Everyday Work in Japan: Improvements and Challenges

Everyday Work in Japan: Improvements and Challenges

How is everyday work in Japan? We talked with Earlwin, a former student at a language school in Shinjuku. Since we last interviewed him about one and a half years ago, he has started to work in Japan and advanced his position within his company.

※If you want to go first things first, you can find our initial interview with Earlwin from August 2019 over here.

Earlwin’s Profile

Name: Earwlin (24)
Country: Philippines
Major: Information Technology, Philippines
Industry: IT
Japanese level: N3
Work status: New graduate
Job-hunt: 6 job fairs, 3 applications, 4 interviews, 1 job offer

Picture of Earlwin

Q: It’s been about one year and a half since you started working in Japan. How has life been?
I’m enjoying my life here. I have a three-year working visa now, so I don’t have to worry about the immediate future.

Q: Are you still working at the same company that you entered last year?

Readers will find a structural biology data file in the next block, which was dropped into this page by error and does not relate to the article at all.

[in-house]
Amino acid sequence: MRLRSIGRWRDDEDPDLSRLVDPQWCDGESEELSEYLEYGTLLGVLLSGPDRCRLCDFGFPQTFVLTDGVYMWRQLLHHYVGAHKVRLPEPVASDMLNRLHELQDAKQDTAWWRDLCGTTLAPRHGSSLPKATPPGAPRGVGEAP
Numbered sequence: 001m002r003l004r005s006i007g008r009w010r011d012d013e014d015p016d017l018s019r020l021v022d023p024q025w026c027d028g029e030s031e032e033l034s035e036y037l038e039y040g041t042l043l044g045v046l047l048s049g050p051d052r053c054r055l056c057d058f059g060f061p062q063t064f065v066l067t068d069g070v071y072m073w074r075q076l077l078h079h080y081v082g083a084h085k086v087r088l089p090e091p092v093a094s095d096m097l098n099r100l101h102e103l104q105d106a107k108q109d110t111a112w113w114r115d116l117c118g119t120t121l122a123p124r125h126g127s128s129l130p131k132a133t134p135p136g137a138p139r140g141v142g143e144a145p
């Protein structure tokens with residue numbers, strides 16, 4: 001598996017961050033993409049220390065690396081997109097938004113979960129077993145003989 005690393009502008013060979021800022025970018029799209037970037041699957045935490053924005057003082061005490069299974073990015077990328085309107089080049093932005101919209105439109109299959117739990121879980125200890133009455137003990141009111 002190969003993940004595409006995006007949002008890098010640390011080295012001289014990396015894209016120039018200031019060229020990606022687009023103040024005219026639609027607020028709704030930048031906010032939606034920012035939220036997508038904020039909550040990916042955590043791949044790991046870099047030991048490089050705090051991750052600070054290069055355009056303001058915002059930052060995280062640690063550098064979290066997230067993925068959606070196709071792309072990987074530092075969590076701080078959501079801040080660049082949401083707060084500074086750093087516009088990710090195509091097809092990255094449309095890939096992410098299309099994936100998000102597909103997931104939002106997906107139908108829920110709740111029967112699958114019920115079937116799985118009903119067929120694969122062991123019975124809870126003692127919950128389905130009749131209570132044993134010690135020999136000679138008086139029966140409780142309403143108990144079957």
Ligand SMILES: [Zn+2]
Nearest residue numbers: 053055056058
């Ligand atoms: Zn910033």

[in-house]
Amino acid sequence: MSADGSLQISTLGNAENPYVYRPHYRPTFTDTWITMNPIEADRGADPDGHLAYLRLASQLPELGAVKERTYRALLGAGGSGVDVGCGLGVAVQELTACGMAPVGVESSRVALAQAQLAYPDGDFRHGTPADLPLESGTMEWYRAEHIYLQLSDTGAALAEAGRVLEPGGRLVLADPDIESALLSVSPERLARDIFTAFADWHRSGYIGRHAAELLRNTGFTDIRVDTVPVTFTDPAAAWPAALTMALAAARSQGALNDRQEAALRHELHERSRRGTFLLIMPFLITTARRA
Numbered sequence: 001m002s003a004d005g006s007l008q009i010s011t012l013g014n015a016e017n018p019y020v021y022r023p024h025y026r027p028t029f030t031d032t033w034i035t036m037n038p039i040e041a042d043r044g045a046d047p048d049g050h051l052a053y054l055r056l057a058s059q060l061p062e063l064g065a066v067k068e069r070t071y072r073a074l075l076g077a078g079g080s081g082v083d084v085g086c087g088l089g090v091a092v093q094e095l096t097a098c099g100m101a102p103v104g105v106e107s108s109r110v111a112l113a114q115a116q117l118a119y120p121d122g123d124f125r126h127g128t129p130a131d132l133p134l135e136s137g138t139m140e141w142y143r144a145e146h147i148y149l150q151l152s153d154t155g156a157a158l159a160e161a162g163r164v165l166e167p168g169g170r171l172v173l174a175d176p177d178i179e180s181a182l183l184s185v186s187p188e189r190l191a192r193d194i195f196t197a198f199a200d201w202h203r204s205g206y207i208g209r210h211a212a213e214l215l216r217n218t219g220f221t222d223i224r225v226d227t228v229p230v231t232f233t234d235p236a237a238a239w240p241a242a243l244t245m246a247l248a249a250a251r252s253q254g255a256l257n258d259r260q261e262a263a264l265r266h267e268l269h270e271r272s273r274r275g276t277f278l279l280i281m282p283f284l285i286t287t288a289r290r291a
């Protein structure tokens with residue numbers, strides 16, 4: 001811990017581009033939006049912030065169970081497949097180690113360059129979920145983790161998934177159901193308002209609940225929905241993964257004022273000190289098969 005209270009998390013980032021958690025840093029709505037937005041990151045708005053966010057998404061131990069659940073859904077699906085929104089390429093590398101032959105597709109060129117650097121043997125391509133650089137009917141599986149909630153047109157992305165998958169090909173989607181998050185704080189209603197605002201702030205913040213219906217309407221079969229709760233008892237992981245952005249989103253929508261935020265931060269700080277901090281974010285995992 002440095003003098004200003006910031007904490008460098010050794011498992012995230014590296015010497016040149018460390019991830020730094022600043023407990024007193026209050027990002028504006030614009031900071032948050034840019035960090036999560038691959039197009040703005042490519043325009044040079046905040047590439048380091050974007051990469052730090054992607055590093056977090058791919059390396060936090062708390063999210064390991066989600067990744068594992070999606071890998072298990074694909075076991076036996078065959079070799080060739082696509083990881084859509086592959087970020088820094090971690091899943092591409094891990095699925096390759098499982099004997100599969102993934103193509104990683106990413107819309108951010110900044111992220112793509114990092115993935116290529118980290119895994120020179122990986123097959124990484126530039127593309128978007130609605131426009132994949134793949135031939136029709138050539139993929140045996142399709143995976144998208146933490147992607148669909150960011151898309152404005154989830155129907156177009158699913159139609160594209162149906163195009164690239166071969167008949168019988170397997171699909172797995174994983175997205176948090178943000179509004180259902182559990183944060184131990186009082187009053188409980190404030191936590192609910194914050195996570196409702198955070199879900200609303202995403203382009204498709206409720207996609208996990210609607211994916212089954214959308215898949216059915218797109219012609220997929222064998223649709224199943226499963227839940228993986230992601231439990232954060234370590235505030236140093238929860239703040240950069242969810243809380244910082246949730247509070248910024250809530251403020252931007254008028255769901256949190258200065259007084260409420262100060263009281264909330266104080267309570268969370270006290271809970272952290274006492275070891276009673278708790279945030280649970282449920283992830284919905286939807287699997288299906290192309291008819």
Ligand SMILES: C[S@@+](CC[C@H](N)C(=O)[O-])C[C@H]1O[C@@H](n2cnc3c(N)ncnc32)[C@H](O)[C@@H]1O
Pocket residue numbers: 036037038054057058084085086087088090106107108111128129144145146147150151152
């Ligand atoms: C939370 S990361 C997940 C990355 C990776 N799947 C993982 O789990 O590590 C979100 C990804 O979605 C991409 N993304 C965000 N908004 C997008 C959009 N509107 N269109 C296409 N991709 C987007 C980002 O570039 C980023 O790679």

Yes, I’m still working there and got promoted after six months. I started as a specialist, and now I’m at the engineering level. As a specialist, I was in the devices team and was mostly fixing Google products, for example Google Chromebook, Browser, and also Google Phone.

Q: How has your work changed?
At the engineering level, I’m now in contact with other internal teams … for example Googlers, software engineers from my own company, etc. That way, it’s easier to solve more complex problems.

As a specialist, I mostly solved customer’s problems based on solutions on the internet. Back then, I delegated all the problems that were too hard and required some things to be done on the back end to the engineers. They would end that case for me and I didn’t have to worry about anything. But now, I’m in a position where those problems get forwarded to, so I have a bit more responsibility.

Q: What does your typical workday look like?
Right now I’m working from home because of Covid, but I like it. You can use your time very flexibly. If it’s working time, it’s working time, if it’s break time, it’s break time … you can switch really quick.

When I was working at the office, if I wanted to take a break, I had to check if anyone else was taking one, and in some cases, I would have to wait for them to come back. But now, I don’t have to consider those things. I can just get myself a coffee and eat something, and maybe take care of a problem while doing that..

Q: Do you do overtime?
Never. My company prohibits overtime!